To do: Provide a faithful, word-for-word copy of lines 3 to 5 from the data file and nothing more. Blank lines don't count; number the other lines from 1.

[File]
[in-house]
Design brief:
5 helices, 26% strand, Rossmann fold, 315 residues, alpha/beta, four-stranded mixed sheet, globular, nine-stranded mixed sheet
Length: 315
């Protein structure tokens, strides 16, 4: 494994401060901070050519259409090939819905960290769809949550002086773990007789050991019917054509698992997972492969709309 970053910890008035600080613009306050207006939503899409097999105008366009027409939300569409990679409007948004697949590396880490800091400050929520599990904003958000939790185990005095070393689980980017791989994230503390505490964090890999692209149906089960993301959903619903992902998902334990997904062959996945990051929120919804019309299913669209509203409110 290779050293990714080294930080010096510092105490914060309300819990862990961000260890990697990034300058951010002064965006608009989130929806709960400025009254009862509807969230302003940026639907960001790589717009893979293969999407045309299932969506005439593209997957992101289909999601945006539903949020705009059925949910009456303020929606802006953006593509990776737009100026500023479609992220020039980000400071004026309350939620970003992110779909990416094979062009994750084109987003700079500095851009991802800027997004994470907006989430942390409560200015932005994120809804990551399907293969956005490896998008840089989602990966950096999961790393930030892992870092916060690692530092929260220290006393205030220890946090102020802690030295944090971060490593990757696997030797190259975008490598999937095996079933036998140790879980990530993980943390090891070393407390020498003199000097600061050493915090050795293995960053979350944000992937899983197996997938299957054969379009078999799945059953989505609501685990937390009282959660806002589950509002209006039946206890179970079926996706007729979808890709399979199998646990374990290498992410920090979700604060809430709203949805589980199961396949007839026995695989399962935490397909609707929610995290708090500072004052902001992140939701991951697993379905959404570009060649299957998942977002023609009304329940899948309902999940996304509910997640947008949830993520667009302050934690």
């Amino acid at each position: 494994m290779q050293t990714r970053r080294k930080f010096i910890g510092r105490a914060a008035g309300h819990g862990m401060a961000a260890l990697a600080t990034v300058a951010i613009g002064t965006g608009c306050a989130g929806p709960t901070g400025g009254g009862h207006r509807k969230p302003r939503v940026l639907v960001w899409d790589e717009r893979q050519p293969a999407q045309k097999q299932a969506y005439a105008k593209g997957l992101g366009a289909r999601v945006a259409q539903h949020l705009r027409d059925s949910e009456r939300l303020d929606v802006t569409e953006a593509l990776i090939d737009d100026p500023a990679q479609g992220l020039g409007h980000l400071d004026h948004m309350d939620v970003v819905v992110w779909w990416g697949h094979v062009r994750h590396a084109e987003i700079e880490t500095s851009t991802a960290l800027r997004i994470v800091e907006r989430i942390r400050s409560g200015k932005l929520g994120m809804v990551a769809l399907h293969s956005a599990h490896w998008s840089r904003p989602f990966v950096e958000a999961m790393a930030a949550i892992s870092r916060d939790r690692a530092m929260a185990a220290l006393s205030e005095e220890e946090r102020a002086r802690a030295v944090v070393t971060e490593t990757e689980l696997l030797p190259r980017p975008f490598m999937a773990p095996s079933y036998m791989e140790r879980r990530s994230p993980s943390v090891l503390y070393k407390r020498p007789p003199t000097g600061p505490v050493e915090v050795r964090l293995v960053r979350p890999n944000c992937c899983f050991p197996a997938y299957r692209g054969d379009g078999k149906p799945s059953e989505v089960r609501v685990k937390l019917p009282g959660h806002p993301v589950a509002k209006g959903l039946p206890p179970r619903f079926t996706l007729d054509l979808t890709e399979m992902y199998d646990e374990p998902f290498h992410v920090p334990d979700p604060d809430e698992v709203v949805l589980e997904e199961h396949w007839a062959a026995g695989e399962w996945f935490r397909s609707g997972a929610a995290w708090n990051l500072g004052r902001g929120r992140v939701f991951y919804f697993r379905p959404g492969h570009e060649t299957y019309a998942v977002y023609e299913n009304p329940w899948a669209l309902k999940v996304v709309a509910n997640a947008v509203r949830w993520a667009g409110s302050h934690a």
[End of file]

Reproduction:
5 helices, 26% strand, Rossmann fold, 315 residues, alpha/beta, four-stranded mixed sheet, globular, nine-stranded mixed sheet
Length: 315
């Protein structure tokens, strides 16, 4: 494994401060901070050519259409090939819905960290769809949550002086773990007789050991019917054509698992997972492969709309 970053910890008035600080613009306050207006939503899409097999105008366009027409939300569409990679409007948004697949590396880490800091400050929520599990904003958000939790185990005095070393689980980017791989994230503390505490964090890999692209149906089960993301959903619903992902998902334990997904062959996945990051929120919804019309299913669209509203409110 290779050293990714080294930080010096510092105490914060309300819990862990961000260890990697990034300058951010002064965006608009989130929806709960400025009254009862509807969230302003940026639907960001790589717009893979293969999407045309299932969506005439593209997957992101289909999601945006539903949020705009059925949910009456303020929606802006953006593509990776737009100026500023479609992220020039980000400071004026309350939620970003992110779909990416094979062009994750084109987003700079500095851009991802800027997004994470907006989430942390409560200015932005994120809804990551399907293969956005490896998008840089989602990966950096999961790393930030892992870092916060690692530092929260220290006393205030220890946090102020802690030295944090971060490593990757696997030797190259975008490598999937095996079933036998140790879980990530993980943390090891070393407390020498003199000097600061050493915090050795293995960053979350944000992937899983197996997938299957054969379009078999799945059953989505609501685990937390009282959660806002589950509002209006039946206890179970079926996706007729979808890709399979199998646990374990290498992410920090979700604060809430709203949805589980199961396949007839026995695989399962935490397909609707929610995290708090500072004052902001992140939701991951697993379905959404570009060649299957998942977002023609009304329940899948309902999940996304509910997640947008949830993520667009302050934690």